Now, starting about a third of the way from the top of this line, draw a horizontal line through the vertical line. Make it as large or small as you like. Do you know what a horizontal line looks like?

*Pause and wait for the children to answer or demonstrate. (The reason for this is so that the child who doesn’t know is given a chance to learn from the group.)*

What have you drawn?

*Listen to the responses. Remind the children this is not a shape because it isn’t a closed figure like all the geometric shapes. Discuss the differences “Wow. You made yours so much longer on your vertical than your horizontal.” “I wonder if there is only one exact way to draw a cross?”*

Yes this is a cross. A cross is not a perfect shape. Euclid did not use a cross when he developed our modern theories of geometry. It is not perfect in any sense. Just two lines that intersect somewhere.

Yet for the Christian, the cross is where our lives end, and where they begin. You cannot be a Christian without the cross.

And the place where the two lines intersect? That we can call the paradox of Christianity. An intersection of two ideas that don’t go together. Christian paradoxes are things that our minds can’t understand but faith allows us to know is truth.

God becoming man. Now really–how can the God who created the entire universe shrink himself to become a newborn baby?

*Pause.*

God the man suffering and dying. Again, how can that be? How can God, who is the creator of life, succumb to death?

*Pause.*

There are many other paradoxes that form the teaching Christians are to follow. To be rich, you must become poor.

*Pause.*

To live, you must die.

*Pause.*

The weak person is the strongest.

*Pause.*

You want to get even with an enemy?

*Pause. *Love him.

Remember my circle. Remember how I cannot grow in my circle. It is finite. It cannot be other than what it is.

But look at the cross you drew. Use your pencil and extend one of the lines, any one you like.

*While the children are drawing continue.* Draw it to the edge of the paper. Then onto your table, across the floor, out the window, across your lawn to your neighbor’s house. The lines of the cross are infinite. They can go on forever. They can cross nations and continents and our galaxy into the corners of the universe.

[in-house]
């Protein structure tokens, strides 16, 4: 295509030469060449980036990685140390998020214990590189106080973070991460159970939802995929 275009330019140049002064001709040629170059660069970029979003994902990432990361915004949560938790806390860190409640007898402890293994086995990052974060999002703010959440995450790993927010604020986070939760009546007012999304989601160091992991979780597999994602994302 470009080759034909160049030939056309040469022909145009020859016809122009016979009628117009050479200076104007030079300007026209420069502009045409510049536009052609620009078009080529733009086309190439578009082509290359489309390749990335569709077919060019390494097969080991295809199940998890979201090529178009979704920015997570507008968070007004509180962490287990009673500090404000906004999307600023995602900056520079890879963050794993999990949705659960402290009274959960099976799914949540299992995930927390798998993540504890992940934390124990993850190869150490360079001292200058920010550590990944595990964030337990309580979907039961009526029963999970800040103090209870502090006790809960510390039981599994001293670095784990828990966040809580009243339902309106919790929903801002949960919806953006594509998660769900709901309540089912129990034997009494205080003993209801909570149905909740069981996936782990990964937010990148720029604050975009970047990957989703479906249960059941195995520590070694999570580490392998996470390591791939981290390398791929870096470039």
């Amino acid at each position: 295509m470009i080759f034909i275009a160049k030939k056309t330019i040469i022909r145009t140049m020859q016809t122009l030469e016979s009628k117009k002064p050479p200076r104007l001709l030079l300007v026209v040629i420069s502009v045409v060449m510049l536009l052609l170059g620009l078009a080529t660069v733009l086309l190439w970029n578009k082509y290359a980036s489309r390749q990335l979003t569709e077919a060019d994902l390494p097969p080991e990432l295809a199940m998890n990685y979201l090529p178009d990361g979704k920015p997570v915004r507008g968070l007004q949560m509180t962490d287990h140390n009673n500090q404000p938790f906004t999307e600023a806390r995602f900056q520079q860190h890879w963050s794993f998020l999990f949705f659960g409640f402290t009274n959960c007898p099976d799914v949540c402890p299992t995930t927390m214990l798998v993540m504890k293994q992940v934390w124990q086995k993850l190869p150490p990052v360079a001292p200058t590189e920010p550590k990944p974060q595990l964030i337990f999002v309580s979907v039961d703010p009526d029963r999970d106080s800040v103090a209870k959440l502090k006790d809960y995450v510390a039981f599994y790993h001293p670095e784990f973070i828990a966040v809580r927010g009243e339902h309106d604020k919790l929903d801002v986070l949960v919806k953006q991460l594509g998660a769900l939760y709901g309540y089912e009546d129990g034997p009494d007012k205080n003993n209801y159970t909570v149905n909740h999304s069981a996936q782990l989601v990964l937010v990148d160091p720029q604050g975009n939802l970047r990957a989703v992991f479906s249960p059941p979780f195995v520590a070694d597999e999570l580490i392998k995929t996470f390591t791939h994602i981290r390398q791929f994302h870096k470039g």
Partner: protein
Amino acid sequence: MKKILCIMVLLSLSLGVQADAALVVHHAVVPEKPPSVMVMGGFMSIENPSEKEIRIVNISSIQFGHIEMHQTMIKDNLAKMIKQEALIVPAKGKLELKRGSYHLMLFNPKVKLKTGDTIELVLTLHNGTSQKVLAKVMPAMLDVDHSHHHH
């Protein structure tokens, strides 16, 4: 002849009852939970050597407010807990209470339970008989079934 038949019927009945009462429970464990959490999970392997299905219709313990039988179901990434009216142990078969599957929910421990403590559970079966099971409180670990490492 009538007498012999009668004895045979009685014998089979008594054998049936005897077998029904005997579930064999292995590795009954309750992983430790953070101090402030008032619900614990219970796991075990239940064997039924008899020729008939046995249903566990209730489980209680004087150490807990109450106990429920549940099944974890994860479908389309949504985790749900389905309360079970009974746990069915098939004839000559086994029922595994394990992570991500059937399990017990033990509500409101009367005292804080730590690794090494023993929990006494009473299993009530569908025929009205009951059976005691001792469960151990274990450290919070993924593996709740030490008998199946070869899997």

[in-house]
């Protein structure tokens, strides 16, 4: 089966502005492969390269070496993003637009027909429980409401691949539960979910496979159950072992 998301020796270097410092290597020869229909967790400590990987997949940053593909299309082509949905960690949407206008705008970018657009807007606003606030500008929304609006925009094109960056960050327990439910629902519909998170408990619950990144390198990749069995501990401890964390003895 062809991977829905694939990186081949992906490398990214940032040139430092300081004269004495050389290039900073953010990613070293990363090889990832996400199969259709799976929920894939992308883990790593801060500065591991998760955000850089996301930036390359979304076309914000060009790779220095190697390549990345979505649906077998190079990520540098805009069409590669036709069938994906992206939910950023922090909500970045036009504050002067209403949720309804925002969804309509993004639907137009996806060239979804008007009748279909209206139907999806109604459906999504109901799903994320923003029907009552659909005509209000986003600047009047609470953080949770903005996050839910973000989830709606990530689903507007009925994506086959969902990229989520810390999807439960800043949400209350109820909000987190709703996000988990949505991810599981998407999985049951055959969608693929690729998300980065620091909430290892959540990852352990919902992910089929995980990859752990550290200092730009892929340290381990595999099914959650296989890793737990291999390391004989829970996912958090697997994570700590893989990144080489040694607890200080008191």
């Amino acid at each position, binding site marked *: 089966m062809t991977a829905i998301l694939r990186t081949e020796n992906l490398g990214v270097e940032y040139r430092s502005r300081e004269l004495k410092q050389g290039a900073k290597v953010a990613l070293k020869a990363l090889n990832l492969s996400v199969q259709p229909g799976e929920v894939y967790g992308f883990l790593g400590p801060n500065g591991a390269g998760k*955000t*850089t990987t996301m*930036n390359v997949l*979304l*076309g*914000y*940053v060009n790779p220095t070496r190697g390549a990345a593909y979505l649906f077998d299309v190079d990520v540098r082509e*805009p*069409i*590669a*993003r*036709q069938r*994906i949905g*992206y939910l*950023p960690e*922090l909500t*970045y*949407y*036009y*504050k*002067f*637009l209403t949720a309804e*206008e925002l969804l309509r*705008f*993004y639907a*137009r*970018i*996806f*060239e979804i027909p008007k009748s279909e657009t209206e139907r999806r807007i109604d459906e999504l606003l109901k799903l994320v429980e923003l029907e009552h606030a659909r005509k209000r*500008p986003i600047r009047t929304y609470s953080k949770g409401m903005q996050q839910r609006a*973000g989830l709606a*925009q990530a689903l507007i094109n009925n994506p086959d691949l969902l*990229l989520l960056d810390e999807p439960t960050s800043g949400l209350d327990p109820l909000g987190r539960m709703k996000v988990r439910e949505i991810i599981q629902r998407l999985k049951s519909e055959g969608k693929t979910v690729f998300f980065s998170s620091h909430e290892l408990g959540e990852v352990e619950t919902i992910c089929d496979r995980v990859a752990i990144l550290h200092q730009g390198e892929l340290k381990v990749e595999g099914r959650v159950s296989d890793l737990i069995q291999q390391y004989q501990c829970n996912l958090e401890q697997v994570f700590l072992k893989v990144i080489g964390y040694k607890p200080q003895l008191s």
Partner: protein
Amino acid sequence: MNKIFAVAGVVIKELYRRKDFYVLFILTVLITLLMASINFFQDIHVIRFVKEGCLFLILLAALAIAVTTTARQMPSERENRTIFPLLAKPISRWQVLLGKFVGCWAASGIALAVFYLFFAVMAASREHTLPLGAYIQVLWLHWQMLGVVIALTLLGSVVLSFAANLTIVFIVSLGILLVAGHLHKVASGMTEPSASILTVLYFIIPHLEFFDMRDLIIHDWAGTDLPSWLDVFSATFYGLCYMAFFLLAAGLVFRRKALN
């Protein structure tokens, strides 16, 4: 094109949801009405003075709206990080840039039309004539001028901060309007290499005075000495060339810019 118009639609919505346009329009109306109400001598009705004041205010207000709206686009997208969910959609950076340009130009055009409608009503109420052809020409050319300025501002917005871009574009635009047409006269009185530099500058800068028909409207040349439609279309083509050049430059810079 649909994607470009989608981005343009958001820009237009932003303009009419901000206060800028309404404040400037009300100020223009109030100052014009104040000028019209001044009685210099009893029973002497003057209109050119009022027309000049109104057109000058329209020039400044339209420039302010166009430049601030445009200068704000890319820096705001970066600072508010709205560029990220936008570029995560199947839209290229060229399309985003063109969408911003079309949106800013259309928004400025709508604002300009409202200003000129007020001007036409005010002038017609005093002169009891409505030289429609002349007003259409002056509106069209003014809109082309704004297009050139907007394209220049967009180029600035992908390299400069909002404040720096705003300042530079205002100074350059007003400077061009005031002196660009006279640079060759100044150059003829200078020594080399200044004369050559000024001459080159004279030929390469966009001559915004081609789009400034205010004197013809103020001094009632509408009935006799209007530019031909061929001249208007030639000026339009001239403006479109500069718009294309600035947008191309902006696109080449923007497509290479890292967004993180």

*Pause.*

So this day you must choose. Do you live in your safe, perfect circle?

Or do you embrace the cross of paradox?

There is safety and predictability in the circle. And when people look at you, they see symmetry. A circle is nice and neat and tidy. People will look at you and see a good person. The circle is a place where you can have a nice, safe life.

Or do you choose the cross?

Two lines, unevenly drawn, that intersect in paradoxes.

*Pause.*

Now before you choose one should think carefully.

The cross challenges you. There are challenges to what you think is right.

*Pause.*

Things are turned upside down from what you think they should be.

*Pause.*

You are called to believe when you can’t see. You are told to trust when it doesn’t make sense. And here is the kicker. The cross means your death. It is the death of you being in charge. Death of you controlling what is right and what is wrong. It means you are dead—and the life you now live is Christ Jesus living through you.

*Pause. Pause.*

Is our God a tame lion?

*Pause.*

No! He won’t do as you please. He will lead you to places you didn’t think you should go. He will not stay nice and round. People, especially people that like neat and tidy lives in their circle, will tell you just how wrong you are to be doing what you do.

*Pause.*

The only consolation you have is that you will be walking the way of the cross with Jesus.

*Pause.*

And really, what else is there to consider?

This is really fascinating! I wonder, what age were the children that you did this with? Thanks so much for being a part of Celebrating Lent! I look forward to reading more of your blog.

The youngest was 7. It hit the 9 to 12 kids well. The oldest was 14 – he needed something slightly less kiddy.

There is certainly a lot of food for thought here! In Googling the references a little further, I came across this related image as well: Flannery O’Connor described the cross as the one Tree with arms wide enough to embrace all the living and roots deep enough to encircle all the dead.

By the way, we do ask when you join our Lenten link list that you include links to our blogs (Sheila’s and mine) here. Thank you 🙂